Edited by Michael Thompson, Director of Communications
Christine Roy Yoder, Professor of Old Testament Language, Literature, and Exegesis, is one of six new Luce Scholars named by Association of Theological Schools (ATS) and The Henry Luce Foundation, Inc. as Henry Luce III Fellows in Theology for 2014-2015. Supported by grants of up to $75,000 each, the Fellows will engage in yearlong theological research projects and present their findings for publication. The 2014–2015 Fellows constitute the twenty-first class of scholars to be appointed since the inception of the program in 1993, bringing the total number of Luce Fellows to 142.
Contours of Desire in Israelite Wisdom Literature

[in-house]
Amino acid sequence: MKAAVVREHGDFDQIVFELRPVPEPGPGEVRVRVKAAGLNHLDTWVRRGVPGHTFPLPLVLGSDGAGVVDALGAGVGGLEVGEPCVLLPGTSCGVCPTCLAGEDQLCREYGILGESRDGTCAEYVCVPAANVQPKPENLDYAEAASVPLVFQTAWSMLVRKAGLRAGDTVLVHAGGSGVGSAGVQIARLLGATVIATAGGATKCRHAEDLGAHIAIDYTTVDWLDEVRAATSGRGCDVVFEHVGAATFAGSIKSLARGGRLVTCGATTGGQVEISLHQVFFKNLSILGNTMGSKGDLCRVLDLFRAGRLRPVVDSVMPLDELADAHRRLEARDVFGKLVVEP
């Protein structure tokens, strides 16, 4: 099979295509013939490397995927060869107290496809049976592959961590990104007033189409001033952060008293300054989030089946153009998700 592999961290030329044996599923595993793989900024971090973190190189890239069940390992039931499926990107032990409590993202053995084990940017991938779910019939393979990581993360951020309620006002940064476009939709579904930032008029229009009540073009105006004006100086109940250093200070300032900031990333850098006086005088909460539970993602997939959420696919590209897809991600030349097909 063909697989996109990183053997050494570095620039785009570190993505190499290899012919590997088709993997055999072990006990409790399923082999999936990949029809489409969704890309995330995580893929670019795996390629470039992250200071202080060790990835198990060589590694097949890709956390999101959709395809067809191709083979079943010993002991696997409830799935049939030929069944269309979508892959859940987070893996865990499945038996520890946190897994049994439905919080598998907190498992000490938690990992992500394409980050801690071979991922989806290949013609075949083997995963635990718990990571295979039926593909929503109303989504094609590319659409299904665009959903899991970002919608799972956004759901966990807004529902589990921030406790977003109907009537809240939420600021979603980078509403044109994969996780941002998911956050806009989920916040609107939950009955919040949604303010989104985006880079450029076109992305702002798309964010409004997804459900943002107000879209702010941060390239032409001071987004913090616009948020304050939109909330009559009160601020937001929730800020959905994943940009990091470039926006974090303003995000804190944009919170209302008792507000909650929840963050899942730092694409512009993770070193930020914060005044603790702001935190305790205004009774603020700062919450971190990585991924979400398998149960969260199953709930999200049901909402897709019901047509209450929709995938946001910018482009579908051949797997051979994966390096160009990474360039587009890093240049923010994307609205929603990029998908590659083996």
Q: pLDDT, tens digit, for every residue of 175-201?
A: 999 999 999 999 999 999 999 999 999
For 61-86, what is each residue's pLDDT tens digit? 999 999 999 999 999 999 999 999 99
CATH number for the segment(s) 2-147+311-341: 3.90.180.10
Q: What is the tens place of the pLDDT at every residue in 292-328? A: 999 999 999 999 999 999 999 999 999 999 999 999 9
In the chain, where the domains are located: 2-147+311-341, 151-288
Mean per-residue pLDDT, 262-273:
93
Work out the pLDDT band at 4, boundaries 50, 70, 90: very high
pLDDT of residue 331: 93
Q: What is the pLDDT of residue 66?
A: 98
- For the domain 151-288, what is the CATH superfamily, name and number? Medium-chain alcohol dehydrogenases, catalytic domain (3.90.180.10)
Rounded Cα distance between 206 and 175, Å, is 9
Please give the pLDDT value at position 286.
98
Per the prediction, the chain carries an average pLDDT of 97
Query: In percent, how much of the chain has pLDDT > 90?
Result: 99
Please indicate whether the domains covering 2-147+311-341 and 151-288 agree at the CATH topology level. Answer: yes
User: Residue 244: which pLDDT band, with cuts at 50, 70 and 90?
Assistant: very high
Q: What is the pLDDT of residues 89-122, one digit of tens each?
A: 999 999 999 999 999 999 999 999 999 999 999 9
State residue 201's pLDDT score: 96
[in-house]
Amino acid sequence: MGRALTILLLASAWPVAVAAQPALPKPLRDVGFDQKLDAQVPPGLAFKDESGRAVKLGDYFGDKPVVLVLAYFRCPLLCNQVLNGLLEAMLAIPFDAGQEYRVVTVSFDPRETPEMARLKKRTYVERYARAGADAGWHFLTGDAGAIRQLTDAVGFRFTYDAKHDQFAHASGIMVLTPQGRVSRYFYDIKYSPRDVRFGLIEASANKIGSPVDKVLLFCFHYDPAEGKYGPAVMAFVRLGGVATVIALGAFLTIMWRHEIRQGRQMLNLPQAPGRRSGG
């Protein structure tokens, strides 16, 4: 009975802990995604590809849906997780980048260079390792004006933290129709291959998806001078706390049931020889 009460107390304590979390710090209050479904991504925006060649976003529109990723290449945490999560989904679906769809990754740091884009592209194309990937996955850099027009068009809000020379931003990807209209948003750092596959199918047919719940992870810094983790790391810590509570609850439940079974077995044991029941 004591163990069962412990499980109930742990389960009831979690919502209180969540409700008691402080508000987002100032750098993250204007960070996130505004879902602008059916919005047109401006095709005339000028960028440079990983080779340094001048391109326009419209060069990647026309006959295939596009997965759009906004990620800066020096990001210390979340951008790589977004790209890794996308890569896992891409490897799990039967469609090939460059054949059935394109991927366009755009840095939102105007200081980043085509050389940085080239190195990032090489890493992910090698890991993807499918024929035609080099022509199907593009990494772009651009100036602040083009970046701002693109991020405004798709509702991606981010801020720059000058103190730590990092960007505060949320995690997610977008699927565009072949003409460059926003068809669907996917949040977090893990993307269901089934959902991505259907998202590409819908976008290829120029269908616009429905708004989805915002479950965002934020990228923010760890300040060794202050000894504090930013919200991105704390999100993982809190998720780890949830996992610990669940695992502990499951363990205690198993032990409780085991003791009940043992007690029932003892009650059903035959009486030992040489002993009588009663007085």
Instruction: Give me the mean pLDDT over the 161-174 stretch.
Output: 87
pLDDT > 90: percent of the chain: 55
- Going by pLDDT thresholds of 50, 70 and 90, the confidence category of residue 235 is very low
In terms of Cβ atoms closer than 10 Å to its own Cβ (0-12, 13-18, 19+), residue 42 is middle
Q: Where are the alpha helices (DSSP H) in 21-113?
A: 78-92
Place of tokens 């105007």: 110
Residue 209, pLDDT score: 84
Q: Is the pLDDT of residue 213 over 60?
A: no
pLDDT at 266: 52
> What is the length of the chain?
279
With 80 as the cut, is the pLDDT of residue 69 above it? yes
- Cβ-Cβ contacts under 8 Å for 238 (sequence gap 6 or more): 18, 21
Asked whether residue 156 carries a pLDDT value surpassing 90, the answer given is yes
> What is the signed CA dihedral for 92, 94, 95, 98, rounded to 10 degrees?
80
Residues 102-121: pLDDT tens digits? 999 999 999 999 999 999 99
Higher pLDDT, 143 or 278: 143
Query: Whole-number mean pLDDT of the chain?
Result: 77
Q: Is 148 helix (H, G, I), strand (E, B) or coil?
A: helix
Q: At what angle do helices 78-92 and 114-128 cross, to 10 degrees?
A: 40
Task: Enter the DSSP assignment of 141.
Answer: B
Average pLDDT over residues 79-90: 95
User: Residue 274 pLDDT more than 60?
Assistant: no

Professor Yoder’s project will focus on “Contours of Desire in Israelite Wisdom Literature” examining the configuration of desire in Israelite wisdom literature (Proverbs, Job, Ecclesiastes, Sirach, and Wisdom of Solomon). She notes that, in a manner unparalleled in the ancient Near East, Israelite sages sought to cultivate, moderate, and direct desire, particularly to wisdom. Yet what the sages mean by desire remains largely unexamined. The project will address a number of questions including, How do the Israelite sages describe and structure desire? What are desire’s primary metaphors and objects? What do answers to those questions suggest about the role of desire in wisdom and wellbeing? Yoder’s study demonstrates that the sages engage desire as an important and complex manifestation of biological need and discernment—a drive that may press the body like hunger, or be pulled into existence by something considered valuable for survival. Desire is thus “hardwired” in the body, perceptive, and teachable. Her project challenges dualistic (cognitive/emotional) notions of desire for wisdom currently assumed in biblical studies. It also has implications for contemporary interdisciplinary and theological reconsiderations of desire by presenting a biblical portrait that neither represses nor limits desire to sexuality or personal want. Rather, according to Yoder, the sages insist that desire is a primary way that people map the world and themselves in it. Care for its formation is vital for wisdom and human flourishing.